Ras Proteins as Potential Activators of Protein Kinase C Function
The structural and functional relationships of the products of the ras genes with known G proteins have suggested that ras-p21 s may be important mediators of signal transduction pathways involved in cellular proliferation and differentiation. One of the best characterized pathways constitutes the activation of the Ca++sensitive, phospholipid dependent protein kinase C (PKC), following receptor mediated hydrolysis of inositol phospholipids by phospholipase C (PLC). We have investigated the putative involvement of the ras-p21 proteins in the modulation of PLC, responsible for the generation of 1,2-diacylglycerol (DAG) and inositol phosphates (IPs), as well as the consequent activation of PKC by the generated DAG. Utilizing Xenopus laevis oocytes we have detected a rapid increase in the generation of DAG after microinjection of the transforming H-ras p21 protein. Elevated basal levels of DAG were also observed in NIH-3T3 cells transformed by a variety of mutated ras proteins without increased levels of the corresponding IPs. These results suggest a novel source for the generated DAG other than the hydrolysis of phosphatidyl inositol phosphates. We have also observed that microinjection of mutated ras proteins into cells previously devoided of endogenous PKC by chronic treatment with phorbol esters, lacked its otherwise potent mitogenic activity. The mitogenic function of ras-p21 was regenerated under identical conditions by co-microinjection with PKC . These results suggest the requirement of functional PKC for the mitogenic activity of ras. Finally, our previous findings that microinjection of ras-p21 into 3T3 cells induces a rapid increase in the intracellular pH of 0.15–0.2 pH units (Hagag et al. 1987) demonstrate the ras-p21 can induce the activation of PKC under normal conditions. Taken together, all these results imply that ras-p21 proteins may function as regulators of PKC activity.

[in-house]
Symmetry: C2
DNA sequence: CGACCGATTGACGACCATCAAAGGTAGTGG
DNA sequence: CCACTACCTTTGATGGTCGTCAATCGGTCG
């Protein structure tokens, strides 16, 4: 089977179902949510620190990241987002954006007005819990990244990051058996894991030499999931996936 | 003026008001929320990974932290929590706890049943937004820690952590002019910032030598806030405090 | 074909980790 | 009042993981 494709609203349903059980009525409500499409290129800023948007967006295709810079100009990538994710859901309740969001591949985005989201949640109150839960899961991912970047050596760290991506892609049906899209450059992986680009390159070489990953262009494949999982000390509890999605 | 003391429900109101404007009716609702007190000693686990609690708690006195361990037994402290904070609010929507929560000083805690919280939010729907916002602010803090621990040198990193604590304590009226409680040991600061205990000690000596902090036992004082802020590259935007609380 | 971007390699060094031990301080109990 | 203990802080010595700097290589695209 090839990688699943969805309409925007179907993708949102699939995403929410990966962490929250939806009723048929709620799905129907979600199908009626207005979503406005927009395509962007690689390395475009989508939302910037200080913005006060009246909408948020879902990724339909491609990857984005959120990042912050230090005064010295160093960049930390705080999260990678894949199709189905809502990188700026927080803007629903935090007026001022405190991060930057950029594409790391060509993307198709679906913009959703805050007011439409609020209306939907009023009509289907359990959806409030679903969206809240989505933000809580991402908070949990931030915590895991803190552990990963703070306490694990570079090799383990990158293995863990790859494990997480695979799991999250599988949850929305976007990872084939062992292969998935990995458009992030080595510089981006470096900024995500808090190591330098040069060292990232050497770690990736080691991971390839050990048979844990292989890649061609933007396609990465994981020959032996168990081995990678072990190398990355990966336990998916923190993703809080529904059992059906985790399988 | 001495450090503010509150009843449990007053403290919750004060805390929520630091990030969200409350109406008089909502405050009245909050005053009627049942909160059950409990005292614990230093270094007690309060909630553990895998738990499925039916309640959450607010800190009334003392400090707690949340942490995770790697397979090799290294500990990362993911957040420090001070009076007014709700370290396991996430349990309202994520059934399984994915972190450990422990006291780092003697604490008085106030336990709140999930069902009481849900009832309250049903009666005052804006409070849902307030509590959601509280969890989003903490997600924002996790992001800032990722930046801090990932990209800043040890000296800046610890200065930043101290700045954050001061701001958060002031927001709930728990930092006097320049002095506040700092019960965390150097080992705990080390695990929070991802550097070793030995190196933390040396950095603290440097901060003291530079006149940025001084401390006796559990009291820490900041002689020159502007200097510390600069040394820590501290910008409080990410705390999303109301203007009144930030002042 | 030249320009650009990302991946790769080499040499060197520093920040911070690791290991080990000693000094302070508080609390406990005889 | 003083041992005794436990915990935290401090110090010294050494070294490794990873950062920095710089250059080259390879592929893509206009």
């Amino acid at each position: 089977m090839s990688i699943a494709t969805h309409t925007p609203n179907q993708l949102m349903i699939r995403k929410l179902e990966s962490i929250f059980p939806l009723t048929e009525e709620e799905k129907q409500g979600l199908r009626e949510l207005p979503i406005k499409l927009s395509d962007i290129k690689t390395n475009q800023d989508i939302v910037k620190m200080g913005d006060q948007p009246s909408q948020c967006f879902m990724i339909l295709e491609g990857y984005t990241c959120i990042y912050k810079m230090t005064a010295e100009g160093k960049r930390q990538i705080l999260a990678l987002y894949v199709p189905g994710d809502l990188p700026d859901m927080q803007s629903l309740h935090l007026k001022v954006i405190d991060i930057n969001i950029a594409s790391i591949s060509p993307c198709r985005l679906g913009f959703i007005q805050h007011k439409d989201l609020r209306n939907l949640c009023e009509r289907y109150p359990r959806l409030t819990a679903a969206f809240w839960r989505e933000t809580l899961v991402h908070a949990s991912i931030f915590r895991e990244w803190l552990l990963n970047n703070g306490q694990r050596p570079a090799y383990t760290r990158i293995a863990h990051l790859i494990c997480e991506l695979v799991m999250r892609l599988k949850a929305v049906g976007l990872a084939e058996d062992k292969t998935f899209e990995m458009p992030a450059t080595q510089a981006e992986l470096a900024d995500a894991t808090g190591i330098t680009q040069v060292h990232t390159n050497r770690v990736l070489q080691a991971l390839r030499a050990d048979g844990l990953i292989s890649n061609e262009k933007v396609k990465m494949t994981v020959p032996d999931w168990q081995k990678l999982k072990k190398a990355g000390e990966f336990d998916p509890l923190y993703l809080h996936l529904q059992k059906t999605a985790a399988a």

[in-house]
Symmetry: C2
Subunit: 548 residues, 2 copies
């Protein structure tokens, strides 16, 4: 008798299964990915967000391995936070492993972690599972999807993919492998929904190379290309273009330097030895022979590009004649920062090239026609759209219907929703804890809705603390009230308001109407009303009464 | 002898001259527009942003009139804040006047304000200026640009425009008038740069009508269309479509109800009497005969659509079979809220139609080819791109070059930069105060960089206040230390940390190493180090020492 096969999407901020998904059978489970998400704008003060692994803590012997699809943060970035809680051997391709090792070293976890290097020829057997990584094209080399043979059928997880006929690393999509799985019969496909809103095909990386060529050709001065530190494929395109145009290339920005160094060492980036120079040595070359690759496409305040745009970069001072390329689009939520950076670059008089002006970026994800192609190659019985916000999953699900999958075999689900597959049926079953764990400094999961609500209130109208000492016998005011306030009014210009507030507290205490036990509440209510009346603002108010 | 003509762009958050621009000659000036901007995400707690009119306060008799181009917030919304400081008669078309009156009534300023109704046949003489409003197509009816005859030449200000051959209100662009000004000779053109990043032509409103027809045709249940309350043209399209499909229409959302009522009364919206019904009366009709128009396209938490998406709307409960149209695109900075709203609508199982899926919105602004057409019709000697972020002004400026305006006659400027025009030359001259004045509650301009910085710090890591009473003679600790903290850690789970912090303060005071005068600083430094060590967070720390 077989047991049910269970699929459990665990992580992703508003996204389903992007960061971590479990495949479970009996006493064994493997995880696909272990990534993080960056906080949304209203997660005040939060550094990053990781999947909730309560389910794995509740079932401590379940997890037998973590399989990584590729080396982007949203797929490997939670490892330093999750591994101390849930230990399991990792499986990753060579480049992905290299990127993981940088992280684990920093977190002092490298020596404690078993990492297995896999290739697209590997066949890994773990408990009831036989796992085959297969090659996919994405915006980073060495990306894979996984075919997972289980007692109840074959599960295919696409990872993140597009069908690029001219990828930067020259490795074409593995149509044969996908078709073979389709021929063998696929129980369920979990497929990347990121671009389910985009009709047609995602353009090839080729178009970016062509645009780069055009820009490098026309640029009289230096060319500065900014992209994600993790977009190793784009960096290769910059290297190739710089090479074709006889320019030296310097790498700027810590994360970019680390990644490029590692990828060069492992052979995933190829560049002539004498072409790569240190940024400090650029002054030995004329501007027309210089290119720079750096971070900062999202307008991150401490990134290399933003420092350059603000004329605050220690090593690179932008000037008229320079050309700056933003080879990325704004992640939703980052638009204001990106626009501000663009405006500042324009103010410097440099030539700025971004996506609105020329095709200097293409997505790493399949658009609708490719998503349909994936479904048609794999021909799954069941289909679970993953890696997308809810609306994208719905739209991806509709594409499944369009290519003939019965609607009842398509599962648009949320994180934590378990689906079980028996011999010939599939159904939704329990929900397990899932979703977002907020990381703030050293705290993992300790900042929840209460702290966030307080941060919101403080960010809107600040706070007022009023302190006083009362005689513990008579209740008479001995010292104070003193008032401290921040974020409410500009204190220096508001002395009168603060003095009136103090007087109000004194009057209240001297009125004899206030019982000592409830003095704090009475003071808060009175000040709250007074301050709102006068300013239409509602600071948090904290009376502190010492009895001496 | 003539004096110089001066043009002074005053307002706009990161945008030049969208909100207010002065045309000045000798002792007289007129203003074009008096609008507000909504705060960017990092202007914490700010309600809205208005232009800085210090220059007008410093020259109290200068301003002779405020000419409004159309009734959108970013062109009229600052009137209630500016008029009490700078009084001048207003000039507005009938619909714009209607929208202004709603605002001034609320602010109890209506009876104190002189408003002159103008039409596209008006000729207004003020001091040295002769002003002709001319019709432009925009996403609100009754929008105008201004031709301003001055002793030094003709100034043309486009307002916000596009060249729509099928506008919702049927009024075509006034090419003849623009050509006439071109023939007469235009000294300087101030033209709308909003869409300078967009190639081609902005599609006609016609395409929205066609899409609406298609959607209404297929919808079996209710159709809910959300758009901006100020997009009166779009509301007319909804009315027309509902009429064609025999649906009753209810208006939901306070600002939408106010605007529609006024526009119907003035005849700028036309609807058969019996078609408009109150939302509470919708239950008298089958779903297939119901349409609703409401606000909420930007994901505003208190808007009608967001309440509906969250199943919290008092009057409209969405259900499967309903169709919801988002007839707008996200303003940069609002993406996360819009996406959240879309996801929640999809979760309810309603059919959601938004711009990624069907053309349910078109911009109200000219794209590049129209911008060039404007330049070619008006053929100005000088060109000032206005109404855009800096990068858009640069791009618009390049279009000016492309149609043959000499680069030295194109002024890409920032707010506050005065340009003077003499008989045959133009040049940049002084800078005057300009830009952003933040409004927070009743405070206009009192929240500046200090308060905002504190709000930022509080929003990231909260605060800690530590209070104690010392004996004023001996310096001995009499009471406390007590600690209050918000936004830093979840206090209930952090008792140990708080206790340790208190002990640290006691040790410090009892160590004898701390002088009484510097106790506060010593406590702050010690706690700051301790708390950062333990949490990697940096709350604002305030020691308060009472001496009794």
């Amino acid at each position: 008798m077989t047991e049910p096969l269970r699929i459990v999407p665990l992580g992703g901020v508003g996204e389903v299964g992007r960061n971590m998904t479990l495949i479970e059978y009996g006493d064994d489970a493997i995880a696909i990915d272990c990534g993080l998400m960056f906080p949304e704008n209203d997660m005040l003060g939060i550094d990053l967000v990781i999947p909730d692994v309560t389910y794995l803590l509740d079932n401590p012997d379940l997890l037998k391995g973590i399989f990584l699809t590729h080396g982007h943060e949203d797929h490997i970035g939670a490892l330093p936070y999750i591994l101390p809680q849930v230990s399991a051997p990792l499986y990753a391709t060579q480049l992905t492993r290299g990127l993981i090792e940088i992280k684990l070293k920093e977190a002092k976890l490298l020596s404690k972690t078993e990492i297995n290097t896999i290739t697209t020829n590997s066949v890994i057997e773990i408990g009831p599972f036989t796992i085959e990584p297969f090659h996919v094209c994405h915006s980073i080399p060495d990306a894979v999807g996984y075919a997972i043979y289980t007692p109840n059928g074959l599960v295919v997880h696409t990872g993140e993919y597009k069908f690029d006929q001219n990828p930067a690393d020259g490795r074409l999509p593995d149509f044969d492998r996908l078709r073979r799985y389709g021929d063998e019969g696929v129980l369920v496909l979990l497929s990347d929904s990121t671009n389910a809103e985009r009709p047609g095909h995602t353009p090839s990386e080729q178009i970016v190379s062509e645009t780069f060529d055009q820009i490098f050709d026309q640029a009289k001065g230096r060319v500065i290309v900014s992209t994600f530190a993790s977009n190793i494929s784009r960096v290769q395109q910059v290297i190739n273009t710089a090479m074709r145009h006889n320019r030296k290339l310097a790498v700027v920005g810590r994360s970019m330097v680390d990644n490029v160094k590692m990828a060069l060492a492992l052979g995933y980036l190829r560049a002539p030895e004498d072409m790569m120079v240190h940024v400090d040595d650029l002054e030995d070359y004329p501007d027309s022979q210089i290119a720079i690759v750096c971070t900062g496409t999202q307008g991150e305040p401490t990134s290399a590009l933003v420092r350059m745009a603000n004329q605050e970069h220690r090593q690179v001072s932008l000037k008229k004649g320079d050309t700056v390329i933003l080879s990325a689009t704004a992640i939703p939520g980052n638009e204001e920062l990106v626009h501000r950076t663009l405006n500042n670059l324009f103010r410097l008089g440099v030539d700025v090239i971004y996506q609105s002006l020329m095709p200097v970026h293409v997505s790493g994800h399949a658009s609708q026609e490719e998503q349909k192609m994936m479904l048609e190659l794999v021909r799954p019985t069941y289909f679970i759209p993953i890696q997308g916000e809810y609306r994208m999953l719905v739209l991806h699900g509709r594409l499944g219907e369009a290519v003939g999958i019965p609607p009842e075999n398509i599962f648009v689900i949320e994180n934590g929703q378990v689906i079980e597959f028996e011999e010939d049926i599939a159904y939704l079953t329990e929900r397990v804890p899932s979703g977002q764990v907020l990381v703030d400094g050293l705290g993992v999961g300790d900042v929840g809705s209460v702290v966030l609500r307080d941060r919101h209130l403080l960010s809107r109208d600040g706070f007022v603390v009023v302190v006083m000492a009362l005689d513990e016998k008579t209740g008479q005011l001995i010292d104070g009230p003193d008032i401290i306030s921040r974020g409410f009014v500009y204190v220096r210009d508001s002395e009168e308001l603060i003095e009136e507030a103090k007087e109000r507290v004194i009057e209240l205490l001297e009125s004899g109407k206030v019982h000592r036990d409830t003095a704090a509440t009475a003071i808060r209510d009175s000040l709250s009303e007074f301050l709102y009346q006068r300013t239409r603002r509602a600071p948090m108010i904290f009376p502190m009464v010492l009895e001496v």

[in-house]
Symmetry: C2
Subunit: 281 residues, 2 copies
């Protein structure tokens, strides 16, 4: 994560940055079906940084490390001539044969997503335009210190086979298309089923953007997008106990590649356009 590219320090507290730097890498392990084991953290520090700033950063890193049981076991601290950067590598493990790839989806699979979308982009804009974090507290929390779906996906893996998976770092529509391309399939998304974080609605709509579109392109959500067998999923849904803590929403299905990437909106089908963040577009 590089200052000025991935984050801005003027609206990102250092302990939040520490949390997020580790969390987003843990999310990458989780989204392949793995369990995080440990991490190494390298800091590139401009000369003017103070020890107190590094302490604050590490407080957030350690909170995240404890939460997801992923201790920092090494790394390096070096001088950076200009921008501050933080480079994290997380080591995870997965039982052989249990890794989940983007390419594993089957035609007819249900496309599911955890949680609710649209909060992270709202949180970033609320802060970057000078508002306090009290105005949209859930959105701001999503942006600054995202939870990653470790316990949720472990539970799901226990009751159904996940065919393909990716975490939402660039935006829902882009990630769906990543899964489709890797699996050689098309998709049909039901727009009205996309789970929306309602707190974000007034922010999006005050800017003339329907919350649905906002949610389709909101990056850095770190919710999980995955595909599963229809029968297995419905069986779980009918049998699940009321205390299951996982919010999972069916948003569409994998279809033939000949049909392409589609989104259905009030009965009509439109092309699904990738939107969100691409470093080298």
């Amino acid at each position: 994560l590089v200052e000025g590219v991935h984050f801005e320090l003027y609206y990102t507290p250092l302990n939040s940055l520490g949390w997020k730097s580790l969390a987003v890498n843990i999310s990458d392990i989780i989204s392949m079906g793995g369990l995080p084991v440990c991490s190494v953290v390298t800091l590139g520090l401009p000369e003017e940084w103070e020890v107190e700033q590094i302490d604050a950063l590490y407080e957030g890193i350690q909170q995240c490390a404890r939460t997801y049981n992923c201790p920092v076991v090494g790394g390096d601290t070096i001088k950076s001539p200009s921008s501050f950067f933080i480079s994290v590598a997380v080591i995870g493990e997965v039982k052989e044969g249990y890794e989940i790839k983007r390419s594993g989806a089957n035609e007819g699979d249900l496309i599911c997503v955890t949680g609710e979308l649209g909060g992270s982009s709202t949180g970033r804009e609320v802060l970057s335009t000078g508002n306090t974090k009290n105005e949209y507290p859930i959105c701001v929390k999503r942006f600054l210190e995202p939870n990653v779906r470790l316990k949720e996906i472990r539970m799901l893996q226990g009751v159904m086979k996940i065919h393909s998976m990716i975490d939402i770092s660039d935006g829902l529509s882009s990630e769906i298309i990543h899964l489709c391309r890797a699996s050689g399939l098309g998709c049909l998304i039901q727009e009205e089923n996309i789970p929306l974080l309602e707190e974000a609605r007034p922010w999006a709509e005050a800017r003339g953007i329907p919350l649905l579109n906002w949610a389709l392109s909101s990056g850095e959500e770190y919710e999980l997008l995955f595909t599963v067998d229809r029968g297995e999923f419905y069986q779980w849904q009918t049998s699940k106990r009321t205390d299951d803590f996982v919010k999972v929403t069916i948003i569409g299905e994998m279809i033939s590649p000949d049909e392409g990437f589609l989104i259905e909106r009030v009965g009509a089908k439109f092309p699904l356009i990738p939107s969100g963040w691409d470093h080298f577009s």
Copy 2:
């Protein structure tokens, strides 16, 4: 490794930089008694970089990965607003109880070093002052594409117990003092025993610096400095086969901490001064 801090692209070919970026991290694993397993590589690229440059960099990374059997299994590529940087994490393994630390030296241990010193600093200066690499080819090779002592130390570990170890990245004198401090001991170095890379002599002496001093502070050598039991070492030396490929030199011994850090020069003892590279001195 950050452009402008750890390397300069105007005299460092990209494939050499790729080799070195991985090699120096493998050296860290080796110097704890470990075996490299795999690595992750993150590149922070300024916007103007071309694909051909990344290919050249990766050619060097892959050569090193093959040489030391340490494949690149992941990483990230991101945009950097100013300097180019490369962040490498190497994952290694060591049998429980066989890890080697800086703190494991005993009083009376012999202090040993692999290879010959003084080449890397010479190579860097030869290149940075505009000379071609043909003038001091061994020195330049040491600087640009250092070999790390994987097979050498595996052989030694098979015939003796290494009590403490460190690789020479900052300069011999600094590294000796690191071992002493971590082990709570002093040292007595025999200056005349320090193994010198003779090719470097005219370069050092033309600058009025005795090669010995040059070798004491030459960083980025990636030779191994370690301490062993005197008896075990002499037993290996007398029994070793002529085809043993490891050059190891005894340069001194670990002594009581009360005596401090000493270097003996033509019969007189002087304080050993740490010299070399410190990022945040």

KeywordsPhorbol Ester Mitogenic Activity Xenopus Laevis Oocyte Phospholipid Dependent Protein Kinase Methyl Thymidine
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